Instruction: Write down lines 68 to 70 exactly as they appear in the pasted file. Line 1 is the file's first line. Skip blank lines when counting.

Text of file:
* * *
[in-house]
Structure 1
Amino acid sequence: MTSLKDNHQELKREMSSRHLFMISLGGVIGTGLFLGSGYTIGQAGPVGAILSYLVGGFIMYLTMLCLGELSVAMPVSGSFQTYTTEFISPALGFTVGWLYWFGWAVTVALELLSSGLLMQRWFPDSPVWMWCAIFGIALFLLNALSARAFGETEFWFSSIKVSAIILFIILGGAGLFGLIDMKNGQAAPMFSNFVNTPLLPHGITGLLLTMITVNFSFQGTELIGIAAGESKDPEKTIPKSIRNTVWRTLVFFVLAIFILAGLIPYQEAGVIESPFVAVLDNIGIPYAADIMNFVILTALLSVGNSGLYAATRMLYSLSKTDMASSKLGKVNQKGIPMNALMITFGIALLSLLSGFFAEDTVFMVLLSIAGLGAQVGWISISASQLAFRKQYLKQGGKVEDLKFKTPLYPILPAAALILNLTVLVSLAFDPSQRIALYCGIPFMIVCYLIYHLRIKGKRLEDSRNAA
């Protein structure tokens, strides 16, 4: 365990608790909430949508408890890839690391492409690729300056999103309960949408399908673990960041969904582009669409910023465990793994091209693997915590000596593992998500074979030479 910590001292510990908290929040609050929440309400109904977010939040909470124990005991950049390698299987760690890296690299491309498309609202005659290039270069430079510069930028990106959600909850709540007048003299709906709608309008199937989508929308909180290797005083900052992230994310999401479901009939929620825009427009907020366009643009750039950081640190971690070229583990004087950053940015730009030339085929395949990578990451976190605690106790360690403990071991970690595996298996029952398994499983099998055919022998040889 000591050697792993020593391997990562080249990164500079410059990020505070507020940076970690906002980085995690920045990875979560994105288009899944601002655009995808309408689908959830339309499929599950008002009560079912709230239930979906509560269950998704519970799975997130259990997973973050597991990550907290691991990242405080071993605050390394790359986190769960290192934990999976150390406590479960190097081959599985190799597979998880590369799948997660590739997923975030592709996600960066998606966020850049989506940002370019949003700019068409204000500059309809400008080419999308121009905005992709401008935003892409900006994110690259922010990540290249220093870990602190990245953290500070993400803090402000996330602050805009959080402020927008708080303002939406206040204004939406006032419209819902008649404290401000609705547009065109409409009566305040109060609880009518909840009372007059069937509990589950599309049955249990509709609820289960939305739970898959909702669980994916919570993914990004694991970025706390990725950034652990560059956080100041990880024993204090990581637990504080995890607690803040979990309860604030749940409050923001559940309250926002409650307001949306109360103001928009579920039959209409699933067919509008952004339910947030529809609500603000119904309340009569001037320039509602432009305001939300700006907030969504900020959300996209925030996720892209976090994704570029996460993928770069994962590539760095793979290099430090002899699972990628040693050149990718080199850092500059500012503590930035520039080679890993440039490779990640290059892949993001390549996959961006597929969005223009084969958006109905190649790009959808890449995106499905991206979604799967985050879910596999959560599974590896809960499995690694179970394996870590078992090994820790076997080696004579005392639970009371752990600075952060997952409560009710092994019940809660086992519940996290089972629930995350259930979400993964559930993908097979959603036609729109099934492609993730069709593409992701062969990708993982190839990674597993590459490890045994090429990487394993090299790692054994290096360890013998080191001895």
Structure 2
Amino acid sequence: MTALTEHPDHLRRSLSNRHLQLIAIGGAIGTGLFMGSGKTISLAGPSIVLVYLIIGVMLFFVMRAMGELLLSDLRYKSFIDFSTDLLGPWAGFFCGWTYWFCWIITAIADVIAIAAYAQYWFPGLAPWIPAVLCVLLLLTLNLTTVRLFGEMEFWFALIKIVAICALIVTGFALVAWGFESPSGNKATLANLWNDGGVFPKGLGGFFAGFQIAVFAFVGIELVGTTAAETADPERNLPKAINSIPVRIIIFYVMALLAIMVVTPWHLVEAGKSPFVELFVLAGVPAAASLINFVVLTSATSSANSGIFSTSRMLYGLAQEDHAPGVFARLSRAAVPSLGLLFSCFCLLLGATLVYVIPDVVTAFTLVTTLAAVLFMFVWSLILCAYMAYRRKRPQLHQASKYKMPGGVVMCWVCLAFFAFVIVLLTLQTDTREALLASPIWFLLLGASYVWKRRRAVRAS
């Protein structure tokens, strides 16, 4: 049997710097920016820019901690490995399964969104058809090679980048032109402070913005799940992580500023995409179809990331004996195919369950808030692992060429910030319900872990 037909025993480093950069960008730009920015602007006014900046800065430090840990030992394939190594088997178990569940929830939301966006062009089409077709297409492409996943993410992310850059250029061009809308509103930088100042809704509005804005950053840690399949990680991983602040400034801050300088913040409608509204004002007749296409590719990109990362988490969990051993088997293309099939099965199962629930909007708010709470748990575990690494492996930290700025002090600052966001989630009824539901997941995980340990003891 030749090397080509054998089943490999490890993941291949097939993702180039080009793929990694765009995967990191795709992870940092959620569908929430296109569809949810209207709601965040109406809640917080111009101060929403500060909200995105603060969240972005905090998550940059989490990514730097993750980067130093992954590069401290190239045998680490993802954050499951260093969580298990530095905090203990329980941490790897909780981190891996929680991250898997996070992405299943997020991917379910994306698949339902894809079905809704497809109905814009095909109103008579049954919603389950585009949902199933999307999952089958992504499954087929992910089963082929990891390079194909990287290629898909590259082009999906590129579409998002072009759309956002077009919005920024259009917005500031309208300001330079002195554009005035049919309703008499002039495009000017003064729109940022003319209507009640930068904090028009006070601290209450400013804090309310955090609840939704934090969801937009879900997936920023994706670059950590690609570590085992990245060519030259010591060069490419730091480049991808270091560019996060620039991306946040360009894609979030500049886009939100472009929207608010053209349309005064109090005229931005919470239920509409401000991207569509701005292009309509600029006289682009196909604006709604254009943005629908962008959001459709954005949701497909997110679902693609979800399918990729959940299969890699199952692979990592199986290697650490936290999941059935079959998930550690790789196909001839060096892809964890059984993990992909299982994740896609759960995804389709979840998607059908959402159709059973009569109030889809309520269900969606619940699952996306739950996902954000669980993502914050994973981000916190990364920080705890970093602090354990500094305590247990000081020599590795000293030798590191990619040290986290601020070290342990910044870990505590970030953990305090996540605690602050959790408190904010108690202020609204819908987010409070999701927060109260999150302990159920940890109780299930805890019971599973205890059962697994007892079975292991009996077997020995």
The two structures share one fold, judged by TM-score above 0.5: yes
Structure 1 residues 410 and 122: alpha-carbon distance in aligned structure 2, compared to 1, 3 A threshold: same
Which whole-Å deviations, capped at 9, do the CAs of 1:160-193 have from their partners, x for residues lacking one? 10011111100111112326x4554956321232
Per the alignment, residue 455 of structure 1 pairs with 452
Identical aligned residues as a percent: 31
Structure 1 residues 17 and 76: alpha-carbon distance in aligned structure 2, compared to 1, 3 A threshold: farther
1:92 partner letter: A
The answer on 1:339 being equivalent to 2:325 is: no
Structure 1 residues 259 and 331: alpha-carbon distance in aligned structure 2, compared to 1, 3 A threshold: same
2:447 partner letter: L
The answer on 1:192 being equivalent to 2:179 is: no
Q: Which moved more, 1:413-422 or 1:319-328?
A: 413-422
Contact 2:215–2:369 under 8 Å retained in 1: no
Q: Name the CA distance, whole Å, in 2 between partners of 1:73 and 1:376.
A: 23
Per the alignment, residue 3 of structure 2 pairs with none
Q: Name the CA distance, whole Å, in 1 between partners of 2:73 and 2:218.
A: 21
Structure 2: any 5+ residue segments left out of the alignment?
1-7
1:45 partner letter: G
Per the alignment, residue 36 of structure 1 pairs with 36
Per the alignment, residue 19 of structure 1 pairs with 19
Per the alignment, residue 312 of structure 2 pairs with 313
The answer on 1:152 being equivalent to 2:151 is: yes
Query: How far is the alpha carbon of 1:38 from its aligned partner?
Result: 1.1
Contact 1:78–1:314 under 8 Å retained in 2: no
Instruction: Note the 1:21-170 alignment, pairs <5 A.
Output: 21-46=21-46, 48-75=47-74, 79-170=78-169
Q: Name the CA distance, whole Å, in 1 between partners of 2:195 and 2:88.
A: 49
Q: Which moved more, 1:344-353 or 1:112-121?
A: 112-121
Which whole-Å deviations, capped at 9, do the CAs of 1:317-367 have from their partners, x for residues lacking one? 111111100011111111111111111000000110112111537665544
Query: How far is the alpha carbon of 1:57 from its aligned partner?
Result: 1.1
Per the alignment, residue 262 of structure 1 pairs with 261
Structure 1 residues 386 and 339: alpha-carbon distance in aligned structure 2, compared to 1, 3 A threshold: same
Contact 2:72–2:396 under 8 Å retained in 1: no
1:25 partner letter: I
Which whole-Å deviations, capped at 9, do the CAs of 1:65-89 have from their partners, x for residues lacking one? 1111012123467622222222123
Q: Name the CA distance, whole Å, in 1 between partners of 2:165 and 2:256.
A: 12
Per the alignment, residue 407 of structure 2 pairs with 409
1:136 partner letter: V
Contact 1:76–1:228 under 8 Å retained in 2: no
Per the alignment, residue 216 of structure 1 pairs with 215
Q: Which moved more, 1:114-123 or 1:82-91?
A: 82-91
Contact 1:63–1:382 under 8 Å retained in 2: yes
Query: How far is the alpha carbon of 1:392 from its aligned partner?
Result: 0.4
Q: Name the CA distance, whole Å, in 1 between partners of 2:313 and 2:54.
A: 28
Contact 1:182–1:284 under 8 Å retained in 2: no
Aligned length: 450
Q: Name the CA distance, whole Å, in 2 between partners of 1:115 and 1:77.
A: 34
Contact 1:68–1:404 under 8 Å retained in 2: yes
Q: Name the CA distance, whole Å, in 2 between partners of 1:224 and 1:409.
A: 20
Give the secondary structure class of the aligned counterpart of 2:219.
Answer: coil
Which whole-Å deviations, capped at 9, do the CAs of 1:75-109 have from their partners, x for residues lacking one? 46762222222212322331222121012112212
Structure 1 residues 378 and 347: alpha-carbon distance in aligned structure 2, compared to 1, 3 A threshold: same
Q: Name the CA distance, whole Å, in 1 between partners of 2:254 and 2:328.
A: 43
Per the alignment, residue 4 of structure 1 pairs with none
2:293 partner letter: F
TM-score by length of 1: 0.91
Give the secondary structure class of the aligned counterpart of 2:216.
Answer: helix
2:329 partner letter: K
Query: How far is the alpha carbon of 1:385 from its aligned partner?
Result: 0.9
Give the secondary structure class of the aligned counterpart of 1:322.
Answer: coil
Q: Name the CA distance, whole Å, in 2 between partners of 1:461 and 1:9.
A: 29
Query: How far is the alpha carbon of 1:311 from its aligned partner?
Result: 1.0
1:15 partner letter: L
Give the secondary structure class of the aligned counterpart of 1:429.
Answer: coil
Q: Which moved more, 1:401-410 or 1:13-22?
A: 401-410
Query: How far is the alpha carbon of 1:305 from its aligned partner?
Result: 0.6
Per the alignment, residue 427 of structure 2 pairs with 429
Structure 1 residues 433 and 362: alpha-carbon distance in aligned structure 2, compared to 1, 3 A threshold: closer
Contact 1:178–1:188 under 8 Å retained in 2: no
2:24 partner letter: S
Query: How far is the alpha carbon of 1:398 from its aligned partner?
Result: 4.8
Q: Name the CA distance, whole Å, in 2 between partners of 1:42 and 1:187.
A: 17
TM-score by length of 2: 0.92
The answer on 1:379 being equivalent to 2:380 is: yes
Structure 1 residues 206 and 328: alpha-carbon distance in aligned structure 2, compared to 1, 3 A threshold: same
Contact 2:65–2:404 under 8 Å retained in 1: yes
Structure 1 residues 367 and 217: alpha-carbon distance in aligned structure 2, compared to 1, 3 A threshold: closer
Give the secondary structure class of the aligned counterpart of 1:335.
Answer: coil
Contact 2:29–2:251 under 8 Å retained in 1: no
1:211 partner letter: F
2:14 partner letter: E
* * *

Contact 1:68–1:404 under 8 Å retained in 2: yes
Q: Name the CA distance, whole Å, in 2 between partners of 1:224 and 1:409.
A: 20